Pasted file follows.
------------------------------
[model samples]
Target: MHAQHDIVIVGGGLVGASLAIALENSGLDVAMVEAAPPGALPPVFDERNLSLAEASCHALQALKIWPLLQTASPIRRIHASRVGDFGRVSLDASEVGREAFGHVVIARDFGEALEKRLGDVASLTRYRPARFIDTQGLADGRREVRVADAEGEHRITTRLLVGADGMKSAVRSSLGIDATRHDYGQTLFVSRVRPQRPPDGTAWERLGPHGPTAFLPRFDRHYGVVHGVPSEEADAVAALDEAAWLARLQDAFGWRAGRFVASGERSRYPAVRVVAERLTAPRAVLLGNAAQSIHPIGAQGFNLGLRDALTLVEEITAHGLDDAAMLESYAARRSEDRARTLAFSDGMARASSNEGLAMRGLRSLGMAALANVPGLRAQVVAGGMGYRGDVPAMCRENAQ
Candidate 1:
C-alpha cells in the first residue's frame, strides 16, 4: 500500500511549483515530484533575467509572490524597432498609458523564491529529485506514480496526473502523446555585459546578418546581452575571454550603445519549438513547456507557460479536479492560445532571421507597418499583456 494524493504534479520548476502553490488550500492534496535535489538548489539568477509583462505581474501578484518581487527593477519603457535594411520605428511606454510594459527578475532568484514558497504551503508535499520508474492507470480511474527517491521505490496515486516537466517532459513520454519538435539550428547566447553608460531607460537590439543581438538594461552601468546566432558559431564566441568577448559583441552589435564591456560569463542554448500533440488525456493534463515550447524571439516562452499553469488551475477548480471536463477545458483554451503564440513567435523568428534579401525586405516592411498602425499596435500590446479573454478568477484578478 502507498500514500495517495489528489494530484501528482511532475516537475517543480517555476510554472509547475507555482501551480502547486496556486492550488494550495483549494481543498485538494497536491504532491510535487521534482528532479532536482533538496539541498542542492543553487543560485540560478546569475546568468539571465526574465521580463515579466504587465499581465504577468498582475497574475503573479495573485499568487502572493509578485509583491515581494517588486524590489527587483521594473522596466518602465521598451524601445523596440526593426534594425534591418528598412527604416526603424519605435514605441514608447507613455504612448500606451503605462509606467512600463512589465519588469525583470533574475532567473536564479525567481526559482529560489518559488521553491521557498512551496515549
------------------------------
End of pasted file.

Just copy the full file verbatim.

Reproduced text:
[model samples]
Target: MHAQHDIVIVGGGLVGASLAIALENSGLDVAMVEAAPPGALPPVFDERNLSLAEASCHALQALKIWPLLQTASPIRRIHASRVGDFGRVSLDASEVGREAFGHVVIARDFGEALEKRLGDVASLTRYRPARFIDTQGLADGRREVRVADAEGEHRITTRLLVGADGMKSAVRSSLGIDATRHDYGQTLFVSRVRPQRPPDGTAWERLGPHGPTAFLPRFDRHYGVVHGVPSEEADAVAALDEAAWLARLQDAFGWRAGRFVASGERSRYPAVRVVAERLTAPRAVLLGNAAQSIHPIGAQGFNLGLRDALTLVEEITAHGLDDAAMLESYAARRSEDRARTLAFSDGMARASSNEGLAMRGLRSLGMAALANVPGLRAQVVAGGMGYRGDVPAMCRENAQ
Candidate 1:
C-alpha cells in the first residue's frame, strides 16, 4: 500500500511549483515530484533575467509572490524597432498609458523564491529529485506514480496526473502523446555585459546578418546581452575571454550603445519549438513547456507557460479536479492560445532571421507597418499583456 494524493504534479520548476502553490488550500492534496535535489538548489539568477509583462505581474501578484518581487527593477519603457535594411520605428511606454510594459527578475532568484514558497504551503508535499520508474492507470480511474527517491521505490496515486516537466517532459513520454519538435539550428547566447553608460531607460537590439543581438538594461552601468546566432558559431564566441568577448559583441552589435564591456560569463542554448500533440488525456493534463515550447524571439516562452499553469488551475477548480471536463477545458483554451503564440513567435523568428534579401525586405516592411498602425499596435500590446479573454478568477484578478 502507498500514500495517495489528489494530484501528482511532475516537475517543480517555476510554472509547475507555482501551480502547486496556486492550488494550495483549494481543498485538494497536491504532491510535487521534482528532479532536482533538496539541498542542492543553487543560485540560478546569475546568468539571465526574465521580463515579466504587465499581465504577468498582475497574475503573479495573485499568487502572493509578485509583491515581494517588486524590489527587483521594473522596466518602465521598451524601445523596440526593426534594425534591418528598412527604416526603424519605435514605441514608447507613455504612448500606451503605462509606467512600463512589465519588469525583470533574475532567473536564479525567481526559482529560489518559488521553491521557498512551496515549